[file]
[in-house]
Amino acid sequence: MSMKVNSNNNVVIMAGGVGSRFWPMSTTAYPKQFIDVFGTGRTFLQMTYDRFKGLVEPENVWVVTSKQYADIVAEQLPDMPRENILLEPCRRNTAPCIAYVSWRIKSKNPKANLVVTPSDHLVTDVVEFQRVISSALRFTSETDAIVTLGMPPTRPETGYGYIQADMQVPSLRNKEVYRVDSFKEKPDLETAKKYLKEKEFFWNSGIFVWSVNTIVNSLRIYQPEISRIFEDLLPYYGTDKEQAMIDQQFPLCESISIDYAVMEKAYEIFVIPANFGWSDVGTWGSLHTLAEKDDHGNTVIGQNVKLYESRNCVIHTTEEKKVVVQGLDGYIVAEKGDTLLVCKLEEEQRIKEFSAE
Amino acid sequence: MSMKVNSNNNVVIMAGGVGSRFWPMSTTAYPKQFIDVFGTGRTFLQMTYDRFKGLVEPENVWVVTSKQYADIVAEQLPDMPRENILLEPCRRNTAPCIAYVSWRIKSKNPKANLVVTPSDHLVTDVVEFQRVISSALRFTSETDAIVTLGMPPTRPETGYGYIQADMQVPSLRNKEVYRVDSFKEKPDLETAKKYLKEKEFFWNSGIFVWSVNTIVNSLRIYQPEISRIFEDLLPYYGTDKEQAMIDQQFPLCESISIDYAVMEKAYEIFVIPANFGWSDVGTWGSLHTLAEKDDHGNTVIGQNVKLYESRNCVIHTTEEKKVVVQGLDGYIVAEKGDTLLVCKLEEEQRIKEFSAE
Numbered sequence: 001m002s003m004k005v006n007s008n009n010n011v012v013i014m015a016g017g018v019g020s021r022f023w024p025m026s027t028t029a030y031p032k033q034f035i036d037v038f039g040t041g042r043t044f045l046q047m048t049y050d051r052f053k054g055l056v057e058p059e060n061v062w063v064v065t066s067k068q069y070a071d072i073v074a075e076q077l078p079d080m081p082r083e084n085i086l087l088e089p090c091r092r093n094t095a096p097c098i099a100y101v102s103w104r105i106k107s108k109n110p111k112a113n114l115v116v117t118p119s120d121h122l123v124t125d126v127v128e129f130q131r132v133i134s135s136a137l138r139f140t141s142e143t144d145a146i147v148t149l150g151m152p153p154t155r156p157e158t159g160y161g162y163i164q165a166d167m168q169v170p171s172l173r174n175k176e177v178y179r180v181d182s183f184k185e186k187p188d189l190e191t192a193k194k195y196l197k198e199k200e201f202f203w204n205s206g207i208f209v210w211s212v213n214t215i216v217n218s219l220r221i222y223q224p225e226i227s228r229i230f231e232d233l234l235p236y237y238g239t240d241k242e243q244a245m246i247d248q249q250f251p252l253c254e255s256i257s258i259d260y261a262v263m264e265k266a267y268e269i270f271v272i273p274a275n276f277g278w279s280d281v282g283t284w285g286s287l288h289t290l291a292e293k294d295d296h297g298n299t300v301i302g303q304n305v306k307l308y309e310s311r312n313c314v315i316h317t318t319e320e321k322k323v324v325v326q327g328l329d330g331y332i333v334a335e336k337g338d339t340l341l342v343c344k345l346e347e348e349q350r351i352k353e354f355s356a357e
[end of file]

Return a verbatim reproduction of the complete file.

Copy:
[in-house]
Amino acid sequence: MSMKVNSNNNVVIMAGGVGSRFWPMSTTAYPKQFIDVFGTGRTFLQMTYDRFKGLVEPENVWVVTSKQYADIVAEQLPDMPRENILLEPCRRNTAPCIAYVSWRIKSKNPKANLVVTPSDHLVTDVVEFQRVISSALRFTSETDAIVTLGMPPTRPETGYGYIQADMQVPSLRNKEVYRVDSFKEKPDLETAKKYLKEKEFFWNSGIFVWSVNTIVNSLRIYQPEISRIFEDLLPYYGTDKEQAMIDQQFPLCESISIDYAVMEKAYEIFVIPANFGWSDVGTWGSLHTLAEKDDHGNTVIGQNVKLYESRNCVIHTTEEKKVVVQGLDGYIVAEKGDTLLVCKLEEEQRIKEFSAE
Amino acid sequence: MSMKVNSNNNVVIMAGGVGSRFWPMSTTAYPKQFIDVFGTGRTFLQMTYDRFKGLVEPENVWVVTSKQYADIVAEQLPDMPRENILLEPCRRNTAPCIAYVSWRIKSKNPKANLVVTPSDHLVTDVVEFQRVISSALRFTSETDAIVTLGMPPTRPETGYGYIQADMQVPSLRNKEVYRVDSFKEKPDLETAKKYLKEKEFFWNSGIFVWSVNTIVNSLRIYQPEISRIFEDLLPYYGTDKEQAMIDQQFPLCESISIDYAVMEKAYEIFVIPANFGWSDVGTWGSLHTLAEKDDHGNTVIGQNVKLYESRNCVIHTTEEKKVVVQGLDGYIVAEKGDTLLVCKLEEEQRIKEFSAE
Numbered sequence: 001m002s003m004k005v006n007s008n009n010n011v012v013i014m015a016g017g018v019g020s021r022f023w024p025m026s027t028t029a030y031p032k033q034f035i036d037v038f039g040t041g042r043t044f045l046q047m048t049y050d051r052f053k054g055l056v057e058p059e060n061v062w063v064v065t066s067k068q069y070a071d072i073v074a075e076q077l078p079d080m081p082r083e084n085i086l087l088e089p090c091r092r093n094t095a096p097c098i099a100y101v102s103w104r105i106k107s108k109n110p111k112a113n114l115v116v117t118p119s120d121h122l123v124t125d126v127v128e129f130q131r132v133i134s135s136a137l138r139f140t141s142e143t144d145a146i147v148t149l150g151m152p153p154t155r156p157e158t159g160y161g162y163i164q165a166d167m168q169v170p171s172l173r174n175k176e177v178y179r180v181d182s183f184k185e186k187p188d189l190e191t192a193k194k195y196l197k198e199k200e201f202f203w204n205s206g207i208f209v210w211s212v213n214t215i216v217n218s219l220r221i222y223q224p225e226i227s228r229i230f231e232d233l234l235p236y237y238g239t240d241k242e243q244a245m246i247d248q249q250f251p252l253c254e255s256i257s258i259d260y261a262v263m264e265k266a267y268e269i270f271v272i273p274a275n276f277g278w279s280d281v282g283t284w285g286s287l288h289t290l291a292e293k294d295d296h297g298n299t300v301i302g303q304n305v306k307l308y309e310s311r312n313c314v315i316h317t318t319e320e321k322k323v324v325v326q327g328l329d330g331y332i333v334a335e336k337g338d339t340l341l342v343c344k345l346e347e348e349q350r351i352k353e354f355s356a357e